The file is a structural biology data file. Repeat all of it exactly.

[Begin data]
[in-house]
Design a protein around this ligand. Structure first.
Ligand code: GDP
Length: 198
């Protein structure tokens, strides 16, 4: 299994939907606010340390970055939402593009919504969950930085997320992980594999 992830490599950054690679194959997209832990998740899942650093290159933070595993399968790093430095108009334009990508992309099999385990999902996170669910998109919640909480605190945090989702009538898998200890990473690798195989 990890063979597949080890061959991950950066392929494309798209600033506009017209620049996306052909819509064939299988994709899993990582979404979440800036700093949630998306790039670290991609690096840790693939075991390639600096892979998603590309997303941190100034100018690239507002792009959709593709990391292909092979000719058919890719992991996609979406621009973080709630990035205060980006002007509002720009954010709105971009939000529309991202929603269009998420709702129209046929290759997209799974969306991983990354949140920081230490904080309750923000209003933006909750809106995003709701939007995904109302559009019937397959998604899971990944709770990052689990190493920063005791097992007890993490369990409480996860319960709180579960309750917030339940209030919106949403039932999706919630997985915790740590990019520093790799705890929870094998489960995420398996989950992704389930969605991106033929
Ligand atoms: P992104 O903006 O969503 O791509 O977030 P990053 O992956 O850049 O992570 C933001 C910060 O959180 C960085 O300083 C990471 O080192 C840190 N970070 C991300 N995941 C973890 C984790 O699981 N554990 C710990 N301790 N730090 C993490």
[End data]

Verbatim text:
[in-house]
Design a protein around this ligand. Structure first.
Ligand code: GDP
Length: 198
């Protein structure tokens, strides 16, 4: 299994939907606010340390970055939402593009919504969950930085997320992980594999 992830490599950054690679194959997209832990998740899942650093290159933070595993399968790093430095108009334009990508992309099999385990999902996170669910998109919640909480605190945090989702009538898998200890990473690798195989 990890063979597949080890061959991950950066392929494309798209600033506009017209620049996306052909819509064939299988994709899993990582979404979440800036700093949630998306790039670290991609690096840790693939075991390639600096892979998603590309997303941190100034100018690239507002792009959709593709990391292909092979000719058919890719992991996609979406621009973080709630990035205060980006002007509002720009954010709105971009939000529309991202929603269009998420709702129209046929290759997209799974969306991983990354949140920081230490904080309750923000209003933006909750809106995003709701939007995904109302559009019937397959998604899971990944709770990052689990190493920063005791097992007890993490369990409480996860319960709180579960309750917030339940209030919106949403039932999706919630997985915790740590990019520093790799705890929870094998489960995420398996989950992704389930969605991106033929
Ligand atoms: P992104 O903006 O969503 O791509 O977030 P990053 O992956 O850049 O992570 C933001 C910060 O959180 C960085 O300083 C990471 O080192 C840190 N970070 C991300 N995941 C973890 C984790 O699981 N554990 C710990 N301790 N730090 C993490």